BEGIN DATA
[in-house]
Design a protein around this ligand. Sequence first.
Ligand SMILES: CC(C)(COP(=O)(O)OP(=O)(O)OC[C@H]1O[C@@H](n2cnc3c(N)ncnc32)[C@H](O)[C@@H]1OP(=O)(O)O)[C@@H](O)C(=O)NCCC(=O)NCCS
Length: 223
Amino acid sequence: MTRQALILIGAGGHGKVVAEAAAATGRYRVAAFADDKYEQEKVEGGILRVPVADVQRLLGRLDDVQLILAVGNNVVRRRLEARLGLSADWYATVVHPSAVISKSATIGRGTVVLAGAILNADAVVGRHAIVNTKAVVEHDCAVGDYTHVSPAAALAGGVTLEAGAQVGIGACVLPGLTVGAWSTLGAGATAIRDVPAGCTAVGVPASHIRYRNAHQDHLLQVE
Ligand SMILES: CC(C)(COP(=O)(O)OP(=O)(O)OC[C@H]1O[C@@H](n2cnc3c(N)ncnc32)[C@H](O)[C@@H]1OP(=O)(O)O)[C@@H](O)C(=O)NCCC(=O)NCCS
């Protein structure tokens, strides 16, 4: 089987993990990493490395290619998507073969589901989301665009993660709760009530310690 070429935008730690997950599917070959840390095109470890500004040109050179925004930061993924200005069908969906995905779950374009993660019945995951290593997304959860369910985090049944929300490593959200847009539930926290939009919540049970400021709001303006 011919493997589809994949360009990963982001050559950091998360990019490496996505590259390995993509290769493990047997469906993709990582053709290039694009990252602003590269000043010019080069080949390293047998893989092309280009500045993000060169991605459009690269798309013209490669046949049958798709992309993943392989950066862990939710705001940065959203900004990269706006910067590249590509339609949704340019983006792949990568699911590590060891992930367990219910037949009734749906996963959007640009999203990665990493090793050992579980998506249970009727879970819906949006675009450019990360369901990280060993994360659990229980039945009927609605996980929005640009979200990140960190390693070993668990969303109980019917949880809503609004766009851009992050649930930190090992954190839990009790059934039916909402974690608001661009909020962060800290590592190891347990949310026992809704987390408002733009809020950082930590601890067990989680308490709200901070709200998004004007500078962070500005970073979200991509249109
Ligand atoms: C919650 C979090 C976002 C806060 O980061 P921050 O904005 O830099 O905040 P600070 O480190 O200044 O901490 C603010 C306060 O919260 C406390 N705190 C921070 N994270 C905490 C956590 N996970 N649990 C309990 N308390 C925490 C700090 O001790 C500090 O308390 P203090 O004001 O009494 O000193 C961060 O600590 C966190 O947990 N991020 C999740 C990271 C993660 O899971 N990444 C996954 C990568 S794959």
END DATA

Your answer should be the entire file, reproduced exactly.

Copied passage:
[in-house]
Design a protein around this ligand. Sequence first.
Ligand SMILES: CC(C)(COP(=O)(O)OP(=O)(O)OC[C@H]1O[C@@H](n2cnc3c(N)ncnc32)[C@H](O)[C@@H]1OP(=O)(O)O)[C@@H](O)C(=O)NCCC(=O)NCCS
Length: 223
Amino acid sequence: MTRQALILIGAGGHGKVVAEAAAATGRYRVAAFADDKYEQEKVEGGILRVPVADVQRLLGRLDDVQLILAVGNNVVRRRLEARLGLSADWYATVVHPSAVISKSATIGRGTVVLAGAILNADAVVGRHAIVNTKAVVEHDCAVGDYTHVSPAAALAGGVTLEAGAQVGIGACVLPGLTVGAWSTLGAGATAIRDVPAGCTAVGVPASHIRYRNAHQDHLLQVE
Ligand SMILES: CC(C)(COP(=O)(O)OP(=O)(O)OC[C@H]1O[C@@H](n2cnc3c(N)ncnc32)[C@H](O)[C@@H]1OP(=O)(O)O)[C@@H](O)C(=O)NCCC(=O)NCCS
């Protein structure tokens, strides 16, 4: 089987993990990493490395290619998507073969589901989301665009993660709760009530310690 070429935008730690997950599917070959840390095109470890500004040109050179925004930061993924200005069908969906995905779950374009993660019945995951290593997304959860369910985090049944929300490593959200847009539930926290939009919540049970400021709001303006 011919493997589809994949360009990963982001050559950091998360990019490496996505590259390995993509290769493990047997469906993709990582053709290039694009990252602003590269000043010019080069080949390293047998893989092309280009500045993000060169991605459009690269798309013209490669046949049958798709992309993943392989950066862990939710705001940065959203900004990269706006910067590249590509339609949704340019983006792949990568699911590590060891992930367990219910037949009734749906996963959007640009999203990665990493090793050992579980998506249970009727879970819906949006675009450019990360369901990280060993994360659990229980039945009927609605996980929005640009979200990140960190390693070993668990969303109980019917949880809503609004766009851009992050649930930190090992954190839990009790059934039916909402974690608001661009909020962060800290590592190891347990949310026992809704987390408002733009809020950082930590601890067990989680308490709200901070709200998004004007500078962070500005970073979200991509249109
Ligand atoms: C919650 C979090 C976002 C806060 O980061 P921050 O904005 O830099 O905040 P600070 O480190 O200044 O901490 C603010 C306060 O919260 C406390 N705190 C921070 N994270 C905490 C956590 N996970 N649990 C309990 N308390 C925490 C700090 O001790 C500090 O308390 P203090 O004001 O009494 O000193 C961060 O600590 C966190 O947990 N991020 C999740 C990271 C993660 O899971 N990444 C996954 C990568 S794959």